Has Labor-Management Cooperation Gone Away?

This week a strike situation started in one of the school districts in central Ohio. Workplace Issues Today(http://www.ilr.cornell.edu/library/research/worldofWorkNews/wit/index.html) from Cornell University’s Industrial Labor Relations Department has reported about strikes occurring all over the globe. Yesterday WIT reported Cambodian garment workers were striking for a wage increase and the website http://www.labourstart.org reported strikes occurring in other countries such as France, Germany, Greece, and Korea.

In addition, a lockout of 174 union members was reported in southwestern Ohio. The company asked for a decrease in pay and benefits, the union, as anybody or group will do in contract negotiations, countered the proposal. Both sides were willing to extend the existing contract, but after two weeks, the company decided to keep the workers from entering the premises.

Lockouts and strikes don’t have to occur. Strikes are usually the very last resort. These things occur because one side wants to exert power and control over the other side and there is an unwillingness to look at alternatives. Reading some of these stories is quite disheartening. Labor-management relations had made great strides over recent years but when you read some of these articles, it appears we’re regressing and going back many years. People who may have no idea about labor-management relations, economic conditions, politicians and many other factors have created such a split between workers and employers that it may take a long time before we can return to an era of labor-management cooperation.

Some of the strikes are over wages and benefits but not all of them. Some of them are about working conditions. Some strikes have been about workers having safe working conditions. The sad part about strikes and lockouts is everybody loses. Incomes are reduced. Revenue is lost. Customers may be lost and may never come back or relationships, not just between labor and management but within families and communities, can be destroyed. After the strike or lockout, it takes a very long time to heal wounds and develop trust again.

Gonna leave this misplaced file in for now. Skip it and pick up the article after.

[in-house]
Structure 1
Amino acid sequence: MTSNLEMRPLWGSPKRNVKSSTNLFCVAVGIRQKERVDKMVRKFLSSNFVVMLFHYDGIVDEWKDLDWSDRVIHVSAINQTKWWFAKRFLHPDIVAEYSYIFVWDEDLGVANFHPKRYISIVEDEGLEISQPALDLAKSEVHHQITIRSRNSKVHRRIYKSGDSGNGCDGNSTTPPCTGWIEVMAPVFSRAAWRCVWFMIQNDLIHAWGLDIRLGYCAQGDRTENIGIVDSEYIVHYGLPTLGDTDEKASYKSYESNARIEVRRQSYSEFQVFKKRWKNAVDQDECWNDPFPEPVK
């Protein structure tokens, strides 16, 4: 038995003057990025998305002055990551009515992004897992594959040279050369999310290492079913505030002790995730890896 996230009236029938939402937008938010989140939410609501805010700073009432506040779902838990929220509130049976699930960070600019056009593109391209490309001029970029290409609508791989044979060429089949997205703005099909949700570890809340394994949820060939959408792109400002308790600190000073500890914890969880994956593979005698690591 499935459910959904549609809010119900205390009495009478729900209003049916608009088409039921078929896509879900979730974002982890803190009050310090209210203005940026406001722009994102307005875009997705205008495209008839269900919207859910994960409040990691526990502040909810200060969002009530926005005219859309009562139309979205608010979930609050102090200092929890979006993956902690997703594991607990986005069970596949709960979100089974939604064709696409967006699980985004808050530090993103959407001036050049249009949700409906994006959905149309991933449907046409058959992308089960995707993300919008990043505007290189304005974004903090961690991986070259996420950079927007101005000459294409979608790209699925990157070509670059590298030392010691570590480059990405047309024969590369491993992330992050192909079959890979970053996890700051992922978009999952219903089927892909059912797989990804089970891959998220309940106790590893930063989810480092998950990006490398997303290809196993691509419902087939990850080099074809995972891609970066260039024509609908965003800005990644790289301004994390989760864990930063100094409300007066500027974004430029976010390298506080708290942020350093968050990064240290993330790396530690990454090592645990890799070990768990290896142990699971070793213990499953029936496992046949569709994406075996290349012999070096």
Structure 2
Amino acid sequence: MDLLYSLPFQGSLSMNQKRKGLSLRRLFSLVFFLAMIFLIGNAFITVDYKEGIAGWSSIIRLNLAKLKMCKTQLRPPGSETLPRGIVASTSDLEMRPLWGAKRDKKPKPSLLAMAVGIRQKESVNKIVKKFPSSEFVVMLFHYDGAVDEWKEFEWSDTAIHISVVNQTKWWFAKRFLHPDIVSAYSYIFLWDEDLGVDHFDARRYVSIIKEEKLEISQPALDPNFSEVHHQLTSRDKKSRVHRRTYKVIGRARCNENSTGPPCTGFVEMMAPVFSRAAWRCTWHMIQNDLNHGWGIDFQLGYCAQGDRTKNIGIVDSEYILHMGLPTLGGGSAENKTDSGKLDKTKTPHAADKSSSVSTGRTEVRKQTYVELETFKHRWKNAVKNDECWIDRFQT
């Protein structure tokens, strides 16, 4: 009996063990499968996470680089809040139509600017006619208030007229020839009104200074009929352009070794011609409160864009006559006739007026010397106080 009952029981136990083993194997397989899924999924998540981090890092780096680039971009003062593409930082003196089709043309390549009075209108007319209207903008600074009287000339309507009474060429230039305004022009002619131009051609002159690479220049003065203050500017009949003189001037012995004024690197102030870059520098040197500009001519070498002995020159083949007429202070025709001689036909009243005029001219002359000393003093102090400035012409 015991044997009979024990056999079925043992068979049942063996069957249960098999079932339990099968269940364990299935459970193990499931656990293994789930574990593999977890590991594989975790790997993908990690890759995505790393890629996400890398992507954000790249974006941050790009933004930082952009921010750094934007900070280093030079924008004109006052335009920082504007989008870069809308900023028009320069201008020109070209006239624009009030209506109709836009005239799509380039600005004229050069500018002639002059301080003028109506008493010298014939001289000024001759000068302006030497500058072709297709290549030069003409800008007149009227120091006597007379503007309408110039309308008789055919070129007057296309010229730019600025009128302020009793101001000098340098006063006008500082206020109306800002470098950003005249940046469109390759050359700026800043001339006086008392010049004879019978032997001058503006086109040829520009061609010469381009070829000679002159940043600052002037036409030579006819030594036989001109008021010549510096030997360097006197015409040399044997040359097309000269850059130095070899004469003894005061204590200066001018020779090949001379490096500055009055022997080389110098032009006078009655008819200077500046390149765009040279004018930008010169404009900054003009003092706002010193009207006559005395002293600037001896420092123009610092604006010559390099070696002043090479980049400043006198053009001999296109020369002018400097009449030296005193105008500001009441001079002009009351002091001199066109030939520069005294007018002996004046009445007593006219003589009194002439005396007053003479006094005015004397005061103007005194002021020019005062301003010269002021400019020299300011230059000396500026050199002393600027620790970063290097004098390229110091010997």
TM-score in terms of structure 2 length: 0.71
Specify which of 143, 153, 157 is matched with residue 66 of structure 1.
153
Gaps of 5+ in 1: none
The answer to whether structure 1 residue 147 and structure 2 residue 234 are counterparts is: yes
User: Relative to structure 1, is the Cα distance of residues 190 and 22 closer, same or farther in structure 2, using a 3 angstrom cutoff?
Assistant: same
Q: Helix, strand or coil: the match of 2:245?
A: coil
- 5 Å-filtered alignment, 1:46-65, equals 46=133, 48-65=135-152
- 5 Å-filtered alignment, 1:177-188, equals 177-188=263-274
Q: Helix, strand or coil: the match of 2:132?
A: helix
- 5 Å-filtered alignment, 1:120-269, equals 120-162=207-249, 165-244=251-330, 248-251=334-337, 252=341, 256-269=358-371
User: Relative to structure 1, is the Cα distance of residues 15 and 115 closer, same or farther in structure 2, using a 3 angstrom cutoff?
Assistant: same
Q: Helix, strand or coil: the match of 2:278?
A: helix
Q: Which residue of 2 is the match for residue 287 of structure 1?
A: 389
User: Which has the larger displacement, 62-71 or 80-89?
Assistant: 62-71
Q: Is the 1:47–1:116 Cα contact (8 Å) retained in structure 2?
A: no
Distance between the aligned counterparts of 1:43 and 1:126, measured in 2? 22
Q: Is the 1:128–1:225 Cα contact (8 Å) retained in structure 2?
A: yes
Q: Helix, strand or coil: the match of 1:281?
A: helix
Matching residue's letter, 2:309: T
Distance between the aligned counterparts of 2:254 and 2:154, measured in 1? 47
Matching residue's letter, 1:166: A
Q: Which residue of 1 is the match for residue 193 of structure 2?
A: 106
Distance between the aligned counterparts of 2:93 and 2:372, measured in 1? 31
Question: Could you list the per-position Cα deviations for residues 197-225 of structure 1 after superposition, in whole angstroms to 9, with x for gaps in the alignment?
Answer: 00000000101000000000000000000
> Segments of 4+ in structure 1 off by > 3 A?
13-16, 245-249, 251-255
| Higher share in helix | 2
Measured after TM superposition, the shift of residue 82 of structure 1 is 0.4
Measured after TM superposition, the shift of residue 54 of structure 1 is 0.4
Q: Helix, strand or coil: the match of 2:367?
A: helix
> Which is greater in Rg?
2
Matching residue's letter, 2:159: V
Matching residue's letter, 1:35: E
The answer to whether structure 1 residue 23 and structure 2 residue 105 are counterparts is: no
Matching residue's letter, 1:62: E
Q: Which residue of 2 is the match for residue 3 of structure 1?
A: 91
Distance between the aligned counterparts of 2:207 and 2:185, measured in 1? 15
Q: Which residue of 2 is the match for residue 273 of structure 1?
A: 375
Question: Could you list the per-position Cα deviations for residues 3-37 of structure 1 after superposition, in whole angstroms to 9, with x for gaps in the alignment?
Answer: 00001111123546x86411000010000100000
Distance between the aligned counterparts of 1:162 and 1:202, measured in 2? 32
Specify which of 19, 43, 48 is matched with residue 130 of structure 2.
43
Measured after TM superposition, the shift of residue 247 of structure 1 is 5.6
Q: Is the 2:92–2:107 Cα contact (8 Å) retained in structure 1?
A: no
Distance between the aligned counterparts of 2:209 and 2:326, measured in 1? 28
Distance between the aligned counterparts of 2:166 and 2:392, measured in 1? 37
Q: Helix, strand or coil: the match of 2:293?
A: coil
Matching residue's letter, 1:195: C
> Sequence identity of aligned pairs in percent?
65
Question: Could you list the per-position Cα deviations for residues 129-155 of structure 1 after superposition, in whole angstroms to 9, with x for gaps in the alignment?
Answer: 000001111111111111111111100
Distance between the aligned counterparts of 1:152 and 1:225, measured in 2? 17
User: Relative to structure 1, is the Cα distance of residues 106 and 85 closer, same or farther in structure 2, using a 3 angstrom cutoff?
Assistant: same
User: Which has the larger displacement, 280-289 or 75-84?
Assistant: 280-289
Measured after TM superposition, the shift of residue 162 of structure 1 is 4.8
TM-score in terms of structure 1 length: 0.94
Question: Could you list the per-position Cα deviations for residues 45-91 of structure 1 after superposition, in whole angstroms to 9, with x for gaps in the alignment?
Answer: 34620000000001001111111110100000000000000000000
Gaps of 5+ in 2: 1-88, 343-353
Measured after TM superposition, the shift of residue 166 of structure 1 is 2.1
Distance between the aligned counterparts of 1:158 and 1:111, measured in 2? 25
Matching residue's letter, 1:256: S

In the two Ohio cases, and in many cases, the money management will spend on replacement workers is a much bigger expense than the actual contractual agreements. Not only is there a direct cost to pay a company to bring in security guards and temporary workers but there’s an indirect cost. Temporary replacement workers will have to be trained, productivity will be lost because they won’t know how to make the product and they won’t have the commitment to make the product which also will reduce productivity and reduce the quality of the product or service. In addition, the money for the replacement workers will probably not stay local to help communities build. It will probably be spent elsewhere. All of this makes no sense but it emphasizes one side’s desire to exercise power and control over the other side.

There are so many other ways to resolve disputes. Coming up with multiple options together can yield some great results BUT both sides have to be willing to do that. By doing so, organizations may save money or become stronger with their new ideas. Labor and management can, and have, help each other out and by doing so they help build their relationship and they build the community in which they reside.

Last week our blog was on the need for leadership on both sides. It’s leadership that helps make decisions on resolving disputes. Do we want to use power and control as the means of settling disputes or can we figure out how we can work together?

About CALMC Blog

Columbus Area Labor-Management Committee is a not-for-profit organization dedicated to involving employers and employees to preserve jobs, resolve workplace issues, and promote labor-management cooperation. Visit our website at http://calmc.org
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